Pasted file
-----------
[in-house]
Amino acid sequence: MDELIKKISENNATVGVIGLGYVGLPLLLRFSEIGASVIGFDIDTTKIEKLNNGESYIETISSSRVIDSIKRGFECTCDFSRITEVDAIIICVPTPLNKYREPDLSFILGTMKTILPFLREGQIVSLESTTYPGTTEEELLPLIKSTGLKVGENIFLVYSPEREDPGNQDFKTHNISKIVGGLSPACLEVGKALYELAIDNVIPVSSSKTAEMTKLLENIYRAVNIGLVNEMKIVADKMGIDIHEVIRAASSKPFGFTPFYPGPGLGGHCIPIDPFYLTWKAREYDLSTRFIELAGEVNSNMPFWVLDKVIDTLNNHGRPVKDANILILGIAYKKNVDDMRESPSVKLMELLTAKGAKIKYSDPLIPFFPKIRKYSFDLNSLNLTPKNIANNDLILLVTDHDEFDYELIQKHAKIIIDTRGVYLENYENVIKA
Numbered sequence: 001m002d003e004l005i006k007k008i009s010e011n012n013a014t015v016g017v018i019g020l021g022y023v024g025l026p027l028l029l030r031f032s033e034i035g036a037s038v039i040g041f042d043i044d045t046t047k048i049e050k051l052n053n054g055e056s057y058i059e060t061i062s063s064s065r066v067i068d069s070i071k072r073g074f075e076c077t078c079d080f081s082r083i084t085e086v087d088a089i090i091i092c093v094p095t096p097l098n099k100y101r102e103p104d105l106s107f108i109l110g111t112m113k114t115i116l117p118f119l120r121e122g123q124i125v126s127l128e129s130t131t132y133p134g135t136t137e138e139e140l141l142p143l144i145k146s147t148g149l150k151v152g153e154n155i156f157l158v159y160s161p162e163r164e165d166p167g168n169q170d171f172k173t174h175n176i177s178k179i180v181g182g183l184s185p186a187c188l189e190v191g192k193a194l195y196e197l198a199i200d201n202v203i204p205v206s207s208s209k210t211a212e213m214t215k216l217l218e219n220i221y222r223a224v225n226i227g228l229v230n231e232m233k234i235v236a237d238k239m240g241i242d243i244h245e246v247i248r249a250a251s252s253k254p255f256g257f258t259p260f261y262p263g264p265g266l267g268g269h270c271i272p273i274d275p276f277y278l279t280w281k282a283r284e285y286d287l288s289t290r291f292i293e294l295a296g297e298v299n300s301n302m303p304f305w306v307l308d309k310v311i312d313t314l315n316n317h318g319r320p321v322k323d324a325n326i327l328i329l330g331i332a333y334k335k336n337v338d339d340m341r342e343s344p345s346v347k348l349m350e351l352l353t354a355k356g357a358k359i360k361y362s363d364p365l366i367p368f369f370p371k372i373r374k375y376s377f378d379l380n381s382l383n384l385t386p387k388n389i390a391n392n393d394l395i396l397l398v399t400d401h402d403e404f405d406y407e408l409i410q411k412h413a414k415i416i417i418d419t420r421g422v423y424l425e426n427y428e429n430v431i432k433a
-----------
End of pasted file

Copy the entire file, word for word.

[in-house]
Amino acid sequence: MDELIKKISENNATVGVIGLGYVGLPLLLRFSEIGASVIGFDIDTTKIEKLNNGESYIETISSSRVIDSIKRGFECTCDFSRITEVDAIIICVPTPLNKYREPDLSFILGTMKTILPFLREGQIVSLESTTYPGTTEEELLPLIKSTGLKVGENIFLVYSPEREDPGNQDFKTHNISKIVGGLSPACLEVGKALYELAIDNVIPVSSSKTAEMTKLLENIYRAVNIGLVNEMKIVADKMGIDIHEVIRAASSKPFGFTPFYPGPGLGGHCIPIDPFYLTWKAREYDLSTRFIELAGEVNSNMPFWVLDKVIDTLNNHGRPVKDANILILGIAYKKNVDDMRESPSVKLMELLTAKGAKIKYSDPLIPFFPKIRKYSFDLNSLNLTPKNIANNDLILLVTDHDEFDYELIQKHAKIIIDTRGVYLENYENVIKA
Numbered sequence: 001m002d003e004l005i006k007k008i009s010e011n012n013a014t015v016g017v018i019g020l021g022y023v024g025l026p027l028l029l030r031f032s033e034i035g036a037s038v039i040g041f042d043i044d045t046t047k048i049e050k051l052n053n054g055e056s057y058i059e060t061i062s063s064s065r066v067i068d069s070i071k072r073g074f075e076c077t078c079d080f081s082r083i084t085e086v087d088a089i090i091i092c093v094p095t096p097l098n099k100y101r102e103p104d105l106s107f108i109l110g111t112m113k114t115i116l117p118f119l120r121e122g123q124i125v126s127l128e129s130t131t132y133p134g135t136t137e138e139e140l141l142p143l144i145k146s147t148g149l150k151v152g153e154n155i156f157l158v159y160s161p162e163r164e165d166p167g168n169q170d171f172k173t174h175n176i177s178k179i180v181g182g183l184s185p186a187c188l189e190v191g192k193a194l195y196e197l198a199i200d201n202v203i204p205v206s207s208s209k210t211a212e213m214t215k216l217l218e219n220i221y222r223a224v225n226i227g228l229v230n231e232m233k234i235v236a237d238k239m240g241i242d243i244h245e246v247i248r249a250a251s252s253k254p255f256g257f258t259p260f261y262p263g264p265g266l267g268g269h270c271i272p273i274d275p276f277y278l279t280w281k282a283r284e285y286d287l288s289t290r291f292i293e294l295a296g297e298v299n300s301n302m303p304f305w306v307l308d309k310v311i312d313t314l315n316n317h318g319r320p321v322k323d324a325n326i327l328i329l330g331i332a333y334k335k336n337v338d339d340m341r342e343s344p345s346v347k348l349m350e351l352l353t354a355k356g357a358k359i360k361y362s363d364p365l366i367p368f369f370p371k372i373r374k375y376s377f378d379l380n381s382l383n384l385t386p387k388n389i390a391n392n393d394l395i396l397l398v399t400d401h402d403e404f405d406y407e408l409i410q411k412h413a414k415i416i417i418d419t420r421g422v423y424l425e426n427y428e429n430v431i432k433a